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Wall Street stocks finished essentially flat Tuesday as investors tried to assess the potential fallout from President Donald Trump’s decision to pull the US out of the Iran nuclear accord.
The Dow Jones Industrial Average ended the session 24,360.21, just a hair above Monday’s close.
The broad-based S&P 500 slipped less than 0.1 percent to 2,671.92, while the tech-rich Nasdaq Composite Index edged higher to 7,266.90.
Trump lambasted the 2015 Iran deal as ‘disastrous’ and vowed to reimpose crippling sanctions on Tehran, winning praise from Saudi Arabia and Israel, and much criticism from other sectors, as well as disagreement from traditional US allies in Europe.
US stocks were mostly negative throughout the session, but avoided major swings. 
‘Maybe people learned that what Trump says the first time is not what happens at the end of the day,’ said Maris Ogg of Tower Bridge Advisors. ‘It may be part of the negotiation.’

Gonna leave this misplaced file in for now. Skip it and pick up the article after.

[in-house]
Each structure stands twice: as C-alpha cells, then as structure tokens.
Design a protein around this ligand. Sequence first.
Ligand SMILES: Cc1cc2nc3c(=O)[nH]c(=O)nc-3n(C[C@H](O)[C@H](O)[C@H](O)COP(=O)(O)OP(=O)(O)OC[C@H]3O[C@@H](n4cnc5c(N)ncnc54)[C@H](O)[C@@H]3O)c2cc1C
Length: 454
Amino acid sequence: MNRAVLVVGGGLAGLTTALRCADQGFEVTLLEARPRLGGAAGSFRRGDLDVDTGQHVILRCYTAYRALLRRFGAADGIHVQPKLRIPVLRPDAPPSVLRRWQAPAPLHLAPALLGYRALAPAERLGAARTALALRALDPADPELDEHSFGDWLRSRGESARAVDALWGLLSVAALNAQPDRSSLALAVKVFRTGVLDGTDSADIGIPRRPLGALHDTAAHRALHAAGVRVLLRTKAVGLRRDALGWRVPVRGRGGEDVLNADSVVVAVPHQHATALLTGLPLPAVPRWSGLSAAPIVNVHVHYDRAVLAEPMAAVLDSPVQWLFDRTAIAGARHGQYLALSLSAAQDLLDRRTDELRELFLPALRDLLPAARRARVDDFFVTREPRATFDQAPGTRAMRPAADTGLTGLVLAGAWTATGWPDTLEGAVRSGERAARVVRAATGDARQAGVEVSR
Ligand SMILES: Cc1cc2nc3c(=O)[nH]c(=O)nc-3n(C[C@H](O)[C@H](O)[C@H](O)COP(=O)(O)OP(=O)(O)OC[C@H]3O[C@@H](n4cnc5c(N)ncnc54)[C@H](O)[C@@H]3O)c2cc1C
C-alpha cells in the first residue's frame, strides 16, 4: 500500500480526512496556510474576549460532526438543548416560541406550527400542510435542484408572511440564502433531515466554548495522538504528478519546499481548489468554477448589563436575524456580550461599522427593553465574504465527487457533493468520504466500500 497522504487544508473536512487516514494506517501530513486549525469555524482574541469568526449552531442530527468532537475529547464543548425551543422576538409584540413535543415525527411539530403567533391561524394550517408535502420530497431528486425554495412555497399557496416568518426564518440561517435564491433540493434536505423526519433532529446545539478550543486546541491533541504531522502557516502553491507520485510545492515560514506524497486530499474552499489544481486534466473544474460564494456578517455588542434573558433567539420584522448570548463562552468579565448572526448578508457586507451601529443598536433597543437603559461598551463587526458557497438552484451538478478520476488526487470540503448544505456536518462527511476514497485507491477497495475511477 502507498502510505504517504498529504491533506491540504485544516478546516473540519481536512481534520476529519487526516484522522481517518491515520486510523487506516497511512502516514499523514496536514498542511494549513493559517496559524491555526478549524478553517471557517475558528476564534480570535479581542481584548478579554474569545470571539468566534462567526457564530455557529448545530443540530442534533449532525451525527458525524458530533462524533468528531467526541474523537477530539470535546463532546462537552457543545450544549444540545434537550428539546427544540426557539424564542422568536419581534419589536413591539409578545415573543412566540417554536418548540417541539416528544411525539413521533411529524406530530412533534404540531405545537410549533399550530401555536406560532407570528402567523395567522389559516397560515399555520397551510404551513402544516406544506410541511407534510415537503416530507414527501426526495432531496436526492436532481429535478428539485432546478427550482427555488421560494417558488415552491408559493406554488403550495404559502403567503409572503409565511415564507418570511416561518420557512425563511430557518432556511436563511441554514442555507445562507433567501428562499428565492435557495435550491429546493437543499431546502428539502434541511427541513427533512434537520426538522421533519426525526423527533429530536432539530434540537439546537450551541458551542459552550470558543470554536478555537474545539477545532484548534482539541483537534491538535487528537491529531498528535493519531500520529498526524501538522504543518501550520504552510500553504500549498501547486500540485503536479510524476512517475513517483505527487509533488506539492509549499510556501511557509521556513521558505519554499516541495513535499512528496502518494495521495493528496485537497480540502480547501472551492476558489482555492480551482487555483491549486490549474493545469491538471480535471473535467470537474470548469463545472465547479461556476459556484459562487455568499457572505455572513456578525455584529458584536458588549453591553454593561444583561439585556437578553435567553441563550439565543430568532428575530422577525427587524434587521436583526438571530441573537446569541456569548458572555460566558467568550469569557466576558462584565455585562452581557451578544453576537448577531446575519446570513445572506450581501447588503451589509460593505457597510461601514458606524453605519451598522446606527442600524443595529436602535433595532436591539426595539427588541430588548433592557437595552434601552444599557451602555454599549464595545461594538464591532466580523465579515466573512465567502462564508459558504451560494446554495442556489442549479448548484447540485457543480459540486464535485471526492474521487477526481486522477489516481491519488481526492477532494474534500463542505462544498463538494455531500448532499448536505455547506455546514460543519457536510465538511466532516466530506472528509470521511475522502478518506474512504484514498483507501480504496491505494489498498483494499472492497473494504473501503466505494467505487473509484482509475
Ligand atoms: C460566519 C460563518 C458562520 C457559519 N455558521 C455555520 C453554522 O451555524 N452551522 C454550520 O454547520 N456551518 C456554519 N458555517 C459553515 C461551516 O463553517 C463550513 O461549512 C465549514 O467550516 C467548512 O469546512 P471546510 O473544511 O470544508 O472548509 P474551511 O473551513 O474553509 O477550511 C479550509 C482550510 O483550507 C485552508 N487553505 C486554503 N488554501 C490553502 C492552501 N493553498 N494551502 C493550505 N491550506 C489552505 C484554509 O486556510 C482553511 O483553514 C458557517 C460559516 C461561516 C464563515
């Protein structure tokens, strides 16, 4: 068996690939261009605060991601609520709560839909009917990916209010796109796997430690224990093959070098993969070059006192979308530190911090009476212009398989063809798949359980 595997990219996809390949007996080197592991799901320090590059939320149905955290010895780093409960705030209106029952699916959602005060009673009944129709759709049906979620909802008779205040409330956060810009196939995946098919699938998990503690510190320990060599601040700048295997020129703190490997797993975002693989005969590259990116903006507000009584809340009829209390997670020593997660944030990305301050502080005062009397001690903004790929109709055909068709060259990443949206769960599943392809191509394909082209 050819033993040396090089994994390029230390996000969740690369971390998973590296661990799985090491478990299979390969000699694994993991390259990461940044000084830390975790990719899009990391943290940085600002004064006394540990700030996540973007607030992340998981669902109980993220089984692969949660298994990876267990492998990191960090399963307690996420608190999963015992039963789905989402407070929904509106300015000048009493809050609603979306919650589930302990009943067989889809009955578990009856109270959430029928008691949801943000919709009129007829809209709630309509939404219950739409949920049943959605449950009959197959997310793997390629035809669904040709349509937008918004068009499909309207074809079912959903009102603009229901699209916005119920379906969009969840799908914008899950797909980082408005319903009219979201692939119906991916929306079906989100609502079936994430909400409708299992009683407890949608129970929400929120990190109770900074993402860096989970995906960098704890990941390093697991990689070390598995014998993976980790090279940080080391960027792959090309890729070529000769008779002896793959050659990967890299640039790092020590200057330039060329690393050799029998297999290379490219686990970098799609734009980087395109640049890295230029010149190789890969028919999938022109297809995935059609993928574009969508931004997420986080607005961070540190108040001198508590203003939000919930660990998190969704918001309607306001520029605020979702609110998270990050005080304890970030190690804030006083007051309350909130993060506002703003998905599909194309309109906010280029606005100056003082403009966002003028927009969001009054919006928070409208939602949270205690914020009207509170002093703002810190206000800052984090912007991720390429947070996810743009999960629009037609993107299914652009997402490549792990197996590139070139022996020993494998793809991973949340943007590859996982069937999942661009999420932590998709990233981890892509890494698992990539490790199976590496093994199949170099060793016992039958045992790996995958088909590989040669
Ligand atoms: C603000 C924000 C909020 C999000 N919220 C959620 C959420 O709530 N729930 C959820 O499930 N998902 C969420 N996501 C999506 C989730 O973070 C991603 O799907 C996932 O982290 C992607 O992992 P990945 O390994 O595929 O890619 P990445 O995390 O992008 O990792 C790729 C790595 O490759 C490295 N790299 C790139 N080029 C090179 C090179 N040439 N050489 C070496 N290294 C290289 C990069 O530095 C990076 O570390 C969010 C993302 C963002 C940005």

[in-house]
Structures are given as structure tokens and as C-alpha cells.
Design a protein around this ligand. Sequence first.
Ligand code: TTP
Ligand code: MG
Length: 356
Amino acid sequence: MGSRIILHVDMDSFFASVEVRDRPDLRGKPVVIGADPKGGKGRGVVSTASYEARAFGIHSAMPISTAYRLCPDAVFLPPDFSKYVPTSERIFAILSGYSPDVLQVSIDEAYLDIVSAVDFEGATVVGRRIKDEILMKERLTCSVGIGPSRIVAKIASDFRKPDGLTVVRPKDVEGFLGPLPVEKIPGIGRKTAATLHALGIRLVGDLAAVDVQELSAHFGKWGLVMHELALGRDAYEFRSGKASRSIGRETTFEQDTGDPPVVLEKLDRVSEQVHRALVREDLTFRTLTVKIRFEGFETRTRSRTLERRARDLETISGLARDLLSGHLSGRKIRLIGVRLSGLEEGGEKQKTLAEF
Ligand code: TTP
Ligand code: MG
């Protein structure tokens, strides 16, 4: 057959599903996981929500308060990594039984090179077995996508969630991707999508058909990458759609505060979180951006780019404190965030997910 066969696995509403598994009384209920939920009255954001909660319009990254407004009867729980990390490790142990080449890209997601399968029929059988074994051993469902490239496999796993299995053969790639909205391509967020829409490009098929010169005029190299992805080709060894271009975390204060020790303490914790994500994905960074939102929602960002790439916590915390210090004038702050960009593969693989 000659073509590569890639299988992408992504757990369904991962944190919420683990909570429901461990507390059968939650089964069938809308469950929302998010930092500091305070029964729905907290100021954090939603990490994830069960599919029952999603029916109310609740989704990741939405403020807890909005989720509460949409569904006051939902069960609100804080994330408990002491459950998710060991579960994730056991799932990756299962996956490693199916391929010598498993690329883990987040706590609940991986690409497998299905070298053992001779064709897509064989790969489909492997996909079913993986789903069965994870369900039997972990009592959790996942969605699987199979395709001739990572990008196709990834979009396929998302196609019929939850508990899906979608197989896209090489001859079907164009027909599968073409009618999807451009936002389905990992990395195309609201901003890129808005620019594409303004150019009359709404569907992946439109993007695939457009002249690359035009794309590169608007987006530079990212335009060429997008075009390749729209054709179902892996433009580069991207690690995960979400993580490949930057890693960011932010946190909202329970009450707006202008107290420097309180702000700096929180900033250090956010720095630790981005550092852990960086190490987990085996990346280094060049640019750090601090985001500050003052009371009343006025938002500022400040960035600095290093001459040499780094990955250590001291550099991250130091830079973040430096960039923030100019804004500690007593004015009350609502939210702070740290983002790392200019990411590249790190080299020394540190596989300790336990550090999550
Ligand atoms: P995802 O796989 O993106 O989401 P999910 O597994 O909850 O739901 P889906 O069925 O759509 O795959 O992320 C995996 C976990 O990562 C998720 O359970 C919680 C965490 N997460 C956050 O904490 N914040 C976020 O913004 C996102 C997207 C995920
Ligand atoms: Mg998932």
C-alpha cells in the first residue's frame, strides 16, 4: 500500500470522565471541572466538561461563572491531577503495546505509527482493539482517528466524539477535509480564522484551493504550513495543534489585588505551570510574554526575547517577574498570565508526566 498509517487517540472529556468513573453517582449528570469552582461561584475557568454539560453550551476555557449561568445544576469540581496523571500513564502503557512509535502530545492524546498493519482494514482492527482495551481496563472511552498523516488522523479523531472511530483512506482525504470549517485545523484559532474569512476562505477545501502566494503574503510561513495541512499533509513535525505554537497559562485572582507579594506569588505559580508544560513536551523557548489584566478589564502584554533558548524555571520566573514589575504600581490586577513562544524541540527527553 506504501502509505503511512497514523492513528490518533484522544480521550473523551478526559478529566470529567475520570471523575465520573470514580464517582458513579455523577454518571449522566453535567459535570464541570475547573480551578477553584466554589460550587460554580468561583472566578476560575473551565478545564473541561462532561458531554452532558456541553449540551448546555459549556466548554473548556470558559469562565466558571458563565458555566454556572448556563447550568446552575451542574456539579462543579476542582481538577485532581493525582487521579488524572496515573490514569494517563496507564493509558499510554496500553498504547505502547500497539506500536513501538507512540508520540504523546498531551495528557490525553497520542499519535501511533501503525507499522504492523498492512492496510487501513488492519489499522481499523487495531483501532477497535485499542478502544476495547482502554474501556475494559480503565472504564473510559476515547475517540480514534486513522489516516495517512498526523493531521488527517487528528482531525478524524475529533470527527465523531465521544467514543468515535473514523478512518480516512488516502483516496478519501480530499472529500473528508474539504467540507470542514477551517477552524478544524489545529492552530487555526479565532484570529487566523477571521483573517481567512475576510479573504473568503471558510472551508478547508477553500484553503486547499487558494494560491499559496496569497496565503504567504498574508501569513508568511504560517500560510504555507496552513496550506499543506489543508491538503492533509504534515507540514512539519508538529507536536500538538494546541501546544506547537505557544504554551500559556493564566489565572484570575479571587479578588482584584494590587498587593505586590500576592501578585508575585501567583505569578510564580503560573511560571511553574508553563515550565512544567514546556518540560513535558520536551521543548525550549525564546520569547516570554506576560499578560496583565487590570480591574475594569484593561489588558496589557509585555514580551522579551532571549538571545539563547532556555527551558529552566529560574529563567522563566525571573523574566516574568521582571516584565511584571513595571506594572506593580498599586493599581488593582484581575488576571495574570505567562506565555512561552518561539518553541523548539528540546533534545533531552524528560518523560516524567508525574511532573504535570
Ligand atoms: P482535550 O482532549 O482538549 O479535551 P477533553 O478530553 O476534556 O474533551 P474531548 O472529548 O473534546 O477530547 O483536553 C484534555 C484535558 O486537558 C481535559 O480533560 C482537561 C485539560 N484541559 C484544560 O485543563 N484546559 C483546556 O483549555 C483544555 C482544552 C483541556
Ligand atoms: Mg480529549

‘Anyway, these nebulous things don’t generally have an impact on the market until we see a concrete event,’ she added.
Most leading oil-linked shares rose amid prospects that revived sanctions on Iran could lift commodity prices. Chevron and ConocoPhillips gained more than 1.0 percent and ExxonMobil advanced 0.5 percent.
Boeing, which had announced contracts with Iranian companies, fell 0.6 percent. But General Electric, which also was pursuing business in Iran, rose 1.4 percent.
Citigroup surged 3.7 percent following news activist fund ValueAct Capital Management built a $1.2 billion stake in the bank.